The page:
Requirements for the FTP and WWW server are modest. The entire activity during these experiments was piggy-backed on an existing server dedicated to supporting distance learning activities in the College of Engineering at Texas Tech University with no noticeable degradation in performance. The machine was a 90 MHz Pentium with 32 MB RAM and a 1 GB hard disk running Windows NT 4.0 Workstation.
Windows NT 4.0 accommodates long file names and preserves the case of file names but is not case sensitive. This feature permitted review of the contributions to proceed in parallel with the process of ensuring that all file names, and references to them in HTML documents, are upper case and conform to the 8.3 file name format, as required by ISO 9660. File names, and references to them, must be consistent in case in ISO 9660 multi-platform CD-ROMs because UNIX machines are case sensitive. ISO 9660 circumvents UNIX case sensitivity simply by requiring all file names and references to them to be upper case. File names must follow the 8.3 format because MS-DOS machines do not recognize long file names.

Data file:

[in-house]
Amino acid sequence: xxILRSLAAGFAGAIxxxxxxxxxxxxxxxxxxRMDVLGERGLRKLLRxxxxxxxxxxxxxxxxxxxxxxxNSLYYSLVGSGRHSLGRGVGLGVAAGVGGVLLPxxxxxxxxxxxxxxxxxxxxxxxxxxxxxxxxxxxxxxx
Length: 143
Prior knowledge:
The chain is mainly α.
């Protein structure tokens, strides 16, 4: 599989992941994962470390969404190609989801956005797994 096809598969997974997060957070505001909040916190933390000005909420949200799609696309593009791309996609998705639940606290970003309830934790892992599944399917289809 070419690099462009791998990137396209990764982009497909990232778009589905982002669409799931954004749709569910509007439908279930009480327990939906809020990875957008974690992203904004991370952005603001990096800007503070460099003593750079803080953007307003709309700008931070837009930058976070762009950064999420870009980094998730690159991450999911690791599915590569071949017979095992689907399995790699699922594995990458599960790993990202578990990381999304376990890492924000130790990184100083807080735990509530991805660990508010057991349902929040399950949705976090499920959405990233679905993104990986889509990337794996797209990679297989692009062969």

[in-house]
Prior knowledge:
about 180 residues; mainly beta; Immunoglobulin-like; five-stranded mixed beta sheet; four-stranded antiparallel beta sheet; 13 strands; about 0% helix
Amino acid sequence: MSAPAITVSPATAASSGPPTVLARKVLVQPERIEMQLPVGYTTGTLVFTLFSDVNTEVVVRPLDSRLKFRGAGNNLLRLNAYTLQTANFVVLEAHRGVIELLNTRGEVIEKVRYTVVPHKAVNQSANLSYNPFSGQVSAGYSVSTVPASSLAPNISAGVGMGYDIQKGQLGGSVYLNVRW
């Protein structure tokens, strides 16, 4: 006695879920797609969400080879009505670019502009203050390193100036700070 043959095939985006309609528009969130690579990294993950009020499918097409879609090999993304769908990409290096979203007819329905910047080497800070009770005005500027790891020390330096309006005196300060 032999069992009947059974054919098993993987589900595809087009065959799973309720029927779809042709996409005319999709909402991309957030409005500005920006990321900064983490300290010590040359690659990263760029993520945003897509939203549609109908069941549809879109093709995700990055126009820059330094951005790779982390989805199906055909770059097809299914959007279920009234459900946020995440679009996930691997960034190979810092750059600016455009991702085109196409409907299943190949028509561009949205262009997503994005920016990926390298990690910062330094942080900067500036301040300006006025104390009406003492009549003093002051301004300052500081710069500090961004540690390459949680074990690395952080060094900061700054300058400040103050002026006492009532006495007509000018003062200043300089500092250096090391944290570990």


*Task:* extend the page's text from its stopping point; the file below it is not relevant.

Windows NT 4.0 Workstation also makes it easy to configure the server so that certain directories can receive files by FTP and make them immediately accessible on the WWW. This configuration permits authors to upload their files and then view them immediately to make sure that they arrived safely and that HTML links function properly in the new environment. FTP access to each directory was controlled with a password that was made available only to the author of the files in that directory and to the editors. During the review process, WWW access to all directories for a particular issue was controlled with a single password that was made available to contributors, reviewers and editors. Ultimately, of course, the files were made publicly accessible on the WWW for a limited time.
The WWW server must be configured to notify browsers of any special file (MIME) types that it is about to send them. With this information, the browser can choose the appropriate plug-in or helper application, if one is available to handle the file or, if one is not available, so inform the user and offer the option of simply storing the file. Once the files and directories are transferred to CD-ROM, of course, no server is available to give instructions to the browser. In that case, the browser relies on file associations on the local machine for information about what application to call on to handle the file. The fact that the browser, depending on the environment in which a file resides obtains information about the file from different sources, can lead to apparently confusing behavior.